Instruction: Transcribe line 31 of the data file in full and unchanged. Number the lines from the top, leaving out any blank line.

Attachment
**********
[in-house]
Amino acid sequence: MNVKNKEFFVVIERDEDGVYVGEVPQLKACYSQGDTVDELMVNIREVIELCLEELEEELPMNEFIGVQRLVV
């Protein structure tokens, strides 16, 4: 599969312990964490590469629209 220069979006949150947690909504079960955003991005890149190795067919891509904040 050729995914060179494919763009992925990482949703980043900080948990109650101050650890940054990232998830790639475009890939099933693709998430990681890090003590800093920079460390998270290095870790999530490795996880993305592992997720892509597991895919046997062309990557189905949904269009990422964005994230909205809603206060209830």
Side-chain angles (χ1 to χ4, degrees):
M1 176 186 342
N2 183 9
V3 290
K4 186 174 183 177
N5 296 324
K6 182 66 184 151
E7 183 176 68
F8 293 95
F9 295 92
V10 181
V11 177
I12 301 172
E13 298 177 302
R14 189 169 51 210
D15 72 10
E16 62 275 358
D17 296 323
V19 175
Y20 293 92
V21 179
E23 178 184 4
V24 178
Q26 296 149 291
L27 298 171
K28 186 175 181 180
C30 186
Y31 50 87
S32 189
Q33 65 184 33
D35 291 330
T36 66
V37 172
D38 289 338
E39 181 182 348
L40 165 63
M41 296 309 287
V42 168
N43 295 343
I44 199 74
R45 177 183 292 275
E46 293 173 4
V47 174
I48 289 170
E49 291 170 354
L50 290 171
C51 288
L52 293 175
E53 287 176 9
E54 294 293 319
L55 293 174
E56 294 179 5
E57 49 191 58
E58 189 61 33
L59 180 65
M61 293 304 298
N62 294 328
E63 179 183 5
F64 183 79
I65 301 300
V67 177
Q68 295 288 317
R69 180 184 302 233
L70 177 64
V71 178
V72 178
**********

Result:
Y31 50 87